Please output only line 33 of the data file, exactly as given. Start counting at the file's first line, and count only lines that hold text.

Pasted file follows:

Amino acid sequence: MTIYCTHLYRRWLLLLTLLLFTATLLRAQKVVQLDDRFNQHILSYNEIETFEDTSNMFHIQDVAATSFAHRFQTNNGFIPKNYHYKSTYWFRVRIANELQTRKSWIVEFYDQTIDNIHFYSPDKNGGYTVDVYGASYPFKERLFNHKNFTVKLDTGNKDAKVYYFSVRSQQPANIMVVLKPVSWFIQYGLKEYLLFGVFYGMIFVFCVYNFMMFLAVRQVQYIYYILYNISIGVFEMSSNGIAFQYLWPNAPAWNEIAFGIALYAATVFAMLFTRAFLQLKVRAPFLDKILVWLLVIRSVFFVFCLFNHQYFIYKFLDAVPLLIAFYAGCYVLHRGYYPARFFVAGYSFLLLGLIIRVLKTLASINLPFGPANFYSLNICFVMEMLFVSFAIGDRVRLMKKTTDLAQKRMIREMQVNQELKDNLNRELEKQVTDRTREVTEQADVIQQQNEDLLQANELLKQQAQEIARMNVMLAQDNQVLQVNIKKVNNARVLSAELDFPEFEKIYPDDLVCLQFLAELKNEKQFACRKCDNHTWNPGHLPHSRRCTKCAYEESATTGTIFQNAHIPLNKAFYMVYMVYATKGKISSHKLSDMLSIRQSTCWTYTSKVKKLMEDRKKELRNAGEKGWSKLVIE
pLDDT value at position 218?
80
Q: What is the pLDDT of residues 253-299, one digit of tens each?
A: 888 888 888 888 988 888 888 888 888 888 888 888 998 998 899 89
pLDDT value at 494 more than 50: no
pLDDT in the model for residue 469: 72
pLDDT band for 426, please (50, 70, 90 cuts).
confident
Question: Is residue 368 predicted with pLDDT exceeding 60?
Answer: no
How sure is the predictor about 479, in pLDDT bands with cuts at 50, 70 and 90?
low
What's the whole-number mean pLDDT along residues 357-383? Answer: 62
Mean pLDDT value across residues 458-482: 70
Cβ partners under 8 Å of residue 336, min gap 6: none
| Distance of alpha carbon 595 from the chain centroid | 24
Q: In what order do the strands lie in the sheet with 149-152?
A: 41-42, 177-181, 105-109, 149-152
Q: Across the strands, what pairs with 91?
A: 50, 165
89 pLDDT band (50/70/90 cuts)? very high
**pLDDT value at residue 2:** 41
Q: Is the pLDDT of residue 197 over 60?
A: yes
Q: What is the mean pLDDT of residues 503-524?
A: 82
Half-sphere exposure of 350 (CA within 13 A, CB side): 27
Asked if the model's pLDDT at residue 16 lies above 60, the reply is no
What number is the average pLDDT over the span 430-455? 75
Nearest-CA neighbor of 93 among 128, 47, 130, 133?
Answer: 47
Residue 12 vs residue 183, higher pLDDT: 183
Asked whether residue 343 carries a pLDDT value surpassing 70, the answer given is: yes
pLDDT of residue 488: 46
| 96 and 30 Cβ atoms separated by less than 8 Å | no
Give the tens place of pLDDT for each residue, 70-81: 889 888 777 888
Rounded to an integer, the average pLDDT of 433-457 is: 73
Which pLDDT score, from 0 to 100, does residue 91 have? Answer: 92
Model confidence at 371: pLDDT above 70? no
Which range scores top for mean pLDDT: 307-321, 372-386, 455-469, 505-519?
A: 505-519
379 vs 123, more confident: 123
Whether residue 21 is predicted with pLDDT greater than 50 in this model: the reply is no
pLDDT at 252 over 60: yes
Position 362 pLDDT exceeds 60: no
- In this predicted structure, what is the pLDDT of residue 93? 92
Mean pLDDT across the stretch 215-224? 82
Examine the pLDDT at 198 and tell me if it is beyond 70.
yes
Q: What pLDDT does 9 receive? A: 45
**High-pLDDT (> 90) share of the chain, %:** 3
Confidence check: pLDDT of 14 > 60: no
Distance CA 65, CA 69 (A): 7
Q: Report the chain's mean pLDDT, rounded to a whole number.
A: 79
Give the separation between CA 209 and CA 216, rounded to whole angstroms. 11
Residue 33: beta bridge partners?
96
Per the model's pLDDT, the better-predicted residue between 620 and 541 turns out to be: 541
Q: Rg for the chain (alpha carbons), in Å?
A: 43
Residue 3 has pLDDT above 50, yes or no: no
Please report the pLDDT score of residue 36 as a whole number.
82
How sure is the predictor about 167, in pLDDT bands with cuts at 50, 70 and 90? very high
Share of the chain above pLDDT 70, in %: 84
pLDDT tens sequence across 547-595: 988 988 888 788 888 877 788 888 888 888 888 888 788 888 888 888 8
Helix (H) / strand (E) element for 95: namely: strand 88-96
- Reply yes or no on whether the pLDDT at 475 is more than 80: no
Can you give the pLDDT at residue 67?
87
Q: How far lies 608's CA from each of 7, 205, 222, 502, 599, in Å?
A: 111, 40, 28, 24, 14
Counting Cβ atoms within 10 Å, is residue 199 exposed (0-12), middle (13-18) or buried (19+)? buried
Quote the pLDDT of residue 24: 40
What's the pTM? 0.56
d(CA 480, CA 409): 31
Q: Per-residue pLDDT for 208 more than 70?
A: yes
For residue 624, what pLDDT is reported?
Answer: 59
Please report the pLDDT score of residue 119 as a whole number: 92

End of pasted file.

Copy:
Residue 12 vs residue 183, higher pLDDT: 183